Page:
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Who should you help during the coronavirus pandemic? Show more Show less
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With death tolls mounting, hospitals overflowing, unemployment skyrocketing, and much of the population confined to their homes, there is no shortage of people in need. But who should you help during the coronavirus pandemic? Where are the efforts best spent in order to do the most good?

Help your neighbours Show more Show less

Charity starts at home. We all know someone who needs support. If everyone helped their own community, nobody would be left without assistance.
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Small non-profits are being overlooked

Small community non-profits are being overlooked for big multinational NGOs. Despite coronavirus occupying the concerns of many communities, other issues such as domestic violence, hunger, and mental health are still endemic.

Context

When people think about giving money, they immediately go to the non-profits they have heard of. These are the large, multinational charities, leaving local community organizations underfunded.

The Argument

Donators often overlook small non-profits and charities, even during an international health crisis. When people think about giving money to a cause, they immediately think of the big, multi-national charities. Among non-profits, 92% have a budget of less than $1 million, and 88% have a budget of less than $500,000. Many have been forced to cancel fundraising events and are running low on funding and supplies.[1] While it may seem prudent to focus on fighting the virus itself, many issues that ail communities such as poverty, hunger, and domestic violence are still occurring. Some of these issues, such as domestic violence, have actually gotten worse due to the circumstances of the lockdowns.[2] Many of these issues are tackled by small, local non-profits, many of which struggle for funding under normal circumstances. Considering many people rely on these services for their health and safety, we cannot forget to lend a helping hand to these smaller organizations.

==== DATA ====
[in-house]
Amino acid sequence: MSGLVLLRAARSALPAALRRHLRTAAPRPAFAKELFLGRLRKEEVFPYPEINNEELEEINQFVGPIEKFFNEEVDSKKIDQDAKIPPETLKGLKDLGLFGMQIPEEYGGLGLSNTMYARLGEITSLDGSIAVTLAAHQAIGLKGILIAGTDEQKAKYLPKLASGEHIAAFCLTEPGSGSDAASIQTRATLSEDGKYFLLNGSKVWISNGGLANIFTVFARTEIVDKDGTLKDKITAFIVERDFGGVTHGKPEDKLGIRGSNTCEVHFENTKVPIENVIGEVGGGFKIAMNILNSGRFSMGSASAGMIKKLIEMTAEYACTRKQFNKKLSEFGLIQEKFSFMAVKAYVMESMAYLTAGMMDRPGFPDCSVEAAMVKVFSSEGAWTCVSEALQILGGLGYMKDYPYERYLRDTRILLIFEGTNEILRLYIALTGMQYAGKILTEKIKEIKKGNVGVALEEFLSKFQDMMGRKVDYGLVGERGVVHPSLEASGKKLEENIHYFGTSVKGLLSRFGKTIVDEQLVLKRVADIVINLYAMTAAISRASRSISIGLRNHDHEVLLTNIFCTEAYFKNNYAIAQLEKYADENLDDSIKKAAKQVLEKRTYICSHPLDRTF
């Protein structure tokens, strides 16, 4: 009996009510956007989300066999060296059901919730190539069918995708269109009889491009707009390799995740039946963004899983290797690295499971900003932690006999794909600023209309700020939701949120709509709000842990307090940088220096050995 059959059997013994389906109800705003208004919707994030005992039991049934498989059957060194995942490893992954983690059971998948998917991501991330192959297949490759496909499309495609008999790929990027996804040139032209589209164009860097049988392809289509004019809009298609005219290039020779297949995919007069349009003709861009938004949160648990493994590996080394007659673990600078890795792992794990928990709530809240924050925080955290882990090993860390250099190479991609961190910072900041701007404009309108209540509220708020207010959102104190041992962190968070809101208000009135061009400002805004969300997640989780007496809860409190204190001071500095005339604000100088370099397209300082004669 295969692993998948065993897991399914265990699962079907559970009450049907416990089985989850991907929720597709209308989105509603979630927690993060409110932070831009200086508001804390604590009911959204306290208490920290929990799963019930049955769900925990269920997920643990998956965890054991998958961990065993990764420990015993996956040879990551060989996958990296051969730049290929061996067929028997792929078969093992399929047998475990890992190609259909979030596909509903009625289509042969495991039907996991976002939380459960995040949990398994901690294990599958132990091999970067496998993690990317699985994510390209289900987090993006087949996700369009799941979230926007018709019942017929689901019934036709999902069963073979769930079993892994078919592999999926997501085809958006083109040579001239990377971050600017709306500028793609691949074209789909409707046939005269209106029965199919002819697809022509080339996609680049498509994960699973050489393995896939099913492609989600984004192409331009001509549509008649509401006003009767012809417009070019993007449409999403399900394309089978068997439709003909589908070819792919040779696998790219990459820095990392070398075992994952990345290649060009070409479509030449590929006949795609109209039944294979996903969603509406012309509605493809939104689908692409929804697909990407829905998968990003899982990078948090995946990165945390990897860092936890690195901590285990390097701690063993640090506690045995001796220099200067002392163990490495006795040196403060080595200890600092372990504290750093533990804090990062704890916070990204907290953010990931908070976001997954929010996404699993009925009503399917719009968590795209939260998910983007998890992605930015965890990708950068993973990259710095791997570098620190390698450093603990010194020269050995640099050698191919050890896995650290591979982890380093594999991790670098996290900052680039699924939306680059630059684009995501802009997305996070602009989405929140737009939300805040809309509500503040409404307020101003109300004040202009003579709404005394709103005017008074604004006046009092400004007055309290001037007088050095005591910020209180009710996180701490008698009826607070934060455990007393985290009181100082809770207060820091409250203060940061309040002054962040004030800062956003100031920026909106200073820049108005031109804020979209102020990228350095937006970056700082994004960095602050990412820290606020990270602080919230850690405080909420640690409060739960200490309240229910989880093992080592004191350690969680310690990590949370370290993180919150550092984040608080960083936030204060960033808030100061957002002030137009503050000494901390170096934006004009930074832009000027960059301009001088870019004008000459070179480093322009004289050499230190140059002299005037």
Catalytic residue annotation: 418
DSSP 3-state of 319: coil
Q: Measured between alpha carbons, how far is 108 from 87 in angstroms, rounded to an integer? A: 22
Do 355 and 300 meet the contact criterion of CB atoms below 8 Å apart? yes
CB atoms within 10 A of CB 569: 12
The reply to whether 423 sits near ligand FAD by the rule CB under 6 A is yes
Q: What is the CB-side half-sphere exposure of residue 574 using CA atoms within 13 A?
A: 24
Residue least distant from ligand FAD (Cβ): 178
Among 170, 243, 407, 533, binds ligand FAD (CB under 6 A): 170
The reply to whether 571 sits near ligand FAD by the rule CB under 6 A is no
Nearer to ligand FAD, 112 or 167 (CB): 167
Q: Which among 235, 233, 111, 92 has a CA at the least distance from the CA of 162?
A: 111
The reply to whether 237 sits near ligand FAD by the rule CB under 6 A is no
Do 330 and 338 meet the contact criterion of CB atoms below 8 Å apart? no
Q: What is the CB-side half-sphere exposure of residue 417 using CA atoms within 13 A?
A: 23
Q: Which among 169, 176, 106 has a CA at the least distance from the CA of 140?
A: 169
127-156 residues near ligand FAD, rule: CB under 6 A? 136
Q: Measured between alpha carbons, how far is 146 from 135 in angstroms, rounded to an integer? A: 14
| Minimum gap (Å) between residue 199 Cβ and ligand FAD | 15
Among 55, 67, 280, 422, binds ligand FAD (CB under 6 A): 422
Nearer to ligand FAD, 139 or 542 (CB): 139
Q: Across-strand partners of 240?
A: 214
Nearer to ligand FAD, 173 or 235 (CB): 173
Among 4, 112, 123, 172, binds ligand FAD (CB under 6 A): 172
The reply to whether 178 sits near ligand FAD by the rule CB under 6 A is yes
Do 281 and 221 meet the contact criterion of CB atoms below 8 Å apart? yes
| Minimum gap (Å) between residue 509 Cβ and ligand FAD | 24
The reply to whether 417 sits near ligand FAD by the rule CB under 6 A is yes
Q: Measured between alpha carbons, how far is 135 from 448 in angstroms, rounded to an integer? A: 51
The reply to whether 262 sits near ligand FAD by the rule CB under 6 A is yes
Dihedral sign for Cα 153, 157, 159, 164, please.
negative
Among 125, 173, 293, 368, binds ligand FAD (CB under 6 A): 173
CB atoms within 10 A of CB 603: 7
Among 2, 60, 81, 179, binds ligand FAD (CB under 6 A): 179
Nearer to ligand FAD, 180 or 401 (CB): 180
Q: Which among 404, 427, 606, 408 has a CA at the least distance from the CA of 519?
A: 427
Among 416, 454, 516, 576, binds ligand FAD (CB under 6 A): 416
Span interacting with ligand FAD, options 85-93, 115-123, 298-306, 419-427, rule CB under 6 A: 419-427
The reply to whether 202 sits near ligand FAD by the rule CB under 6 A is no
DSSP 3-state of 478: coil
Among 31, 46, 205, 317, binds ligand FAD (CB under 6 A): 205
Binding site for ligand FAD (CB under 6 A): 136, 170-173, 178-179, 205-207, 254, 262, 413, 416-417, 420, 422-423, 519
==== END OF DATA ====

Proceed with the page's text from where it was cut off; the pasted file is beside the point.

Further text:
Counter arguments

Small charities are important, but their net impact on the country is often small. An established and powerful NGO has the ability to reach a larger portion of the population. Their ability to lobby, finance, and implement policy and change have a greater effect in the long run. Additionally, they are often much easier to donate to. They typically have easy to navigate websites with simple donation processes. Smaller organizations may require you to physically donate or contribute in some way. The relative ease of supporting a large NGO ultimately means that more people will back them. Lastly, the larger NGO's require a much higher funding threshold than a smaller organization. If a larger group is better funded, they can likely better meet the needs of someone than a smaller organization.

Proponents

Premises

[P1] Big NGOs often help address broad issues, but not smaller and less visible concerns. [P2] During national crises, people are biased towards giving to larger organizations. [P3] Small community non-profits already struggle for funding under normal circumstances.

Rejecting the premises

[Rejecting P1] Big NGOs and charities have the capabilities to help more people. [Rejecting P2] Large organizations are more visible and easier to give to, while smaller non-profits are often harder to find and donate to. [Rejecting P3] Smaller organizations require less funding than a large, international NGO.

References

  1. https://www.businessinsider.com/how-to-help-people-small-businesses-during-the-coronavirus-pandemic-2020-4#you-can-provide-support-to-local-nonprofits-that-are-directly-working-to-help-members-of-your-community-1
  2. https://www.nytimes.com/interactive/2020/07/02/world/europe/uk-coronavirus-domestic-abuse.html
This page was last edited on Wednesday, 8 Jul 2020 at 01:32 UTC

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